NCPA - National Center for Policy Analysis

As Gas Prices Fall, Revenues Rise

February 11, 1999

As gasoline prices plumb their lowest level in years, people are driving more and consuming more fuel. That means revenues from the federal gasoline tax -- which are levied per gallon, rather than the sales price -- are soaring.

  • This year, the federal government will collect about $1.5 billion more in gasoline taxes than expected.
  • Nearly half that windfall, $730 million, will be used to build roads.
  • From the remainder, President Clinton wants to use $291 million for mass transit and $250 million for surface transportation "research."
  • This would be in addition to the $217 billion to be spent over the next five years under the highway bill passed last year.

A number of economists think the money could be better disposed of by returning it to taxpayers in the form of a gasoline tax rate cut.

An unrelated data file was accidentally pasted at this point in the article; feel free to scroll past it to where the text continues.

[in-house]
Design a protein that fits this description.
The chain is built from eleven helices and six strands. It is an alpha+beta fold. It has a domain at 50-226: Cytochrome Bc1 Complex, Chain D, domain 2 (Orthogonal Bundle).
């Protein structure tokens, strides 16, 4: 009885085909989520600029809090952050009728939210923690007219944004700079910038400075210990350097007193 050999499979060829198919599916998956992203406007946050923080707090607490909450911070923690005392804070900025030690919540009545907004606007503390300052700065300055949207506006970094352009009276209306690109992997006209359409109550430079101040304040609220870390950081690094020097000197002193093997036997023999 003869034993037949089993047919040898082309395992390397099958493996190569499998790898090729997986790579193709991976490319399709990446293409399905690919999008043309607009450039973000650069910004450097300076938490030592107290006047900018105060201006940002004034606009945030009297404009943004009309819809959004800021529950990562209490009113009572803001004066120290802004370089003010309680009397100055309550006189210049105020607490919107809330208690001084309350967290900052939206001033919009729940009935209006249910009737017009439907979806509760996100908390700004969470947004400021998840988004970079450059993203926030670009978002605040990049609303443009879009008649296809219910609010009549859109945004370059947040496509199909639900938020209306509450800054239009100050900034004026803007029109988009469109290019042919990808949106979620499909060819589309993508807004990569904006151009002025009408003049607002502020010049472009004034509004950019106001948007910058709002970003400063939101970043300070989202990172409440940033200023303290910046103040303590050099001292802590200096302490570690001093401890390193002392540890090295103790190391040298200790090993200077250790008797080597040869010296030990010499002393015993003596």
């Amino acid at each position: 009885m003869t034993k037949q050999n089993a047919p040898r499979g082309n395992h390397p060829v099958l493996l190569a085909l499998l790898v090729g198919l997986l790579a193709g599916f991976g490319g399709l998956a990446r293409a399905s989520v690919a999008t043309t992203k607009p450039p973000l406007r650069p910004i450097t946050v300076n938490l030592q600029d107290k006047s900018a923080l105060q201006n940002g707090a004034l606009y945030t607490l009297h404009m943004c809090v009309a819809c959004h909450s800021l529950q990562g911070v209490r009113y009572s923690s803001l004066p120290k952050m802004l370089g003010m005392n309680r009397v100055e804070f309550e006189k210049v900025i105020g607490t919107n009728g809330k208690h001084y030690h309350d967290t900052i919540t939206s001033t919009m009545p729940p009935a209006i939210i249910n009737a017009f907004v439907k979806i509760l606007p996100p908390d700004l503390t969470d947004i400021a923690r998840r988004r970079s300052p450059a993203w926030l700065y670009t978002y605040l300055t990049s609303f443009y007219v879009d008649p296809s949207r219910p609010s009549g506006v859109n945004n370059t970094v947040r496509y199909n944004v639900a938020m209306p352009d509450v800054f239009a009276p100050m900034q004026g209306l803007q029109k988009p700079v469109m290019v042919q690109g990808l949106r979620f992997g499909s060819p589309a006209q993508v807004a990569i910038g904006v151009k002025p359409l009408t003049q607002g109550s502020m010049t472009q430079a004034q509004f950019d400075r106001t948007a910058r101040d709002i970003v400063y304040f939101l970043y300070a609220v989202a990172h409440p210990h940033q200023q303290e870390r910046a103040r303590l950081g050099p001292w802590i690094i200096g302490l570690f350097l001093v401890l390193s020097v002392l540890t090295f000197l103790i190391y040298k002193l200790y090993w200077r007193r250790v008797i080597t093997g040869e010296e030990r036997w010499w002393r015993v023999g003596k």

A 1996 study by the Reason Foundation's Robert Poole revealed that most states lose money from the federal allocation of gasoline taxes to the states. Since the 1950s, 30 states have been net losers -- with their citizens paying more in gas taxes than the states recouped for road projects.

He points out, however, that last year's highway bill improved the allocation formula and fewer states should be losers in the future.

Nevertheless, he says, the federal government turn over road construction to states and localities -- which would be expected to do a better job.

Source: Editorial, "Gas-Tax Hogs," Investors Business Daily, February 11, 1999.


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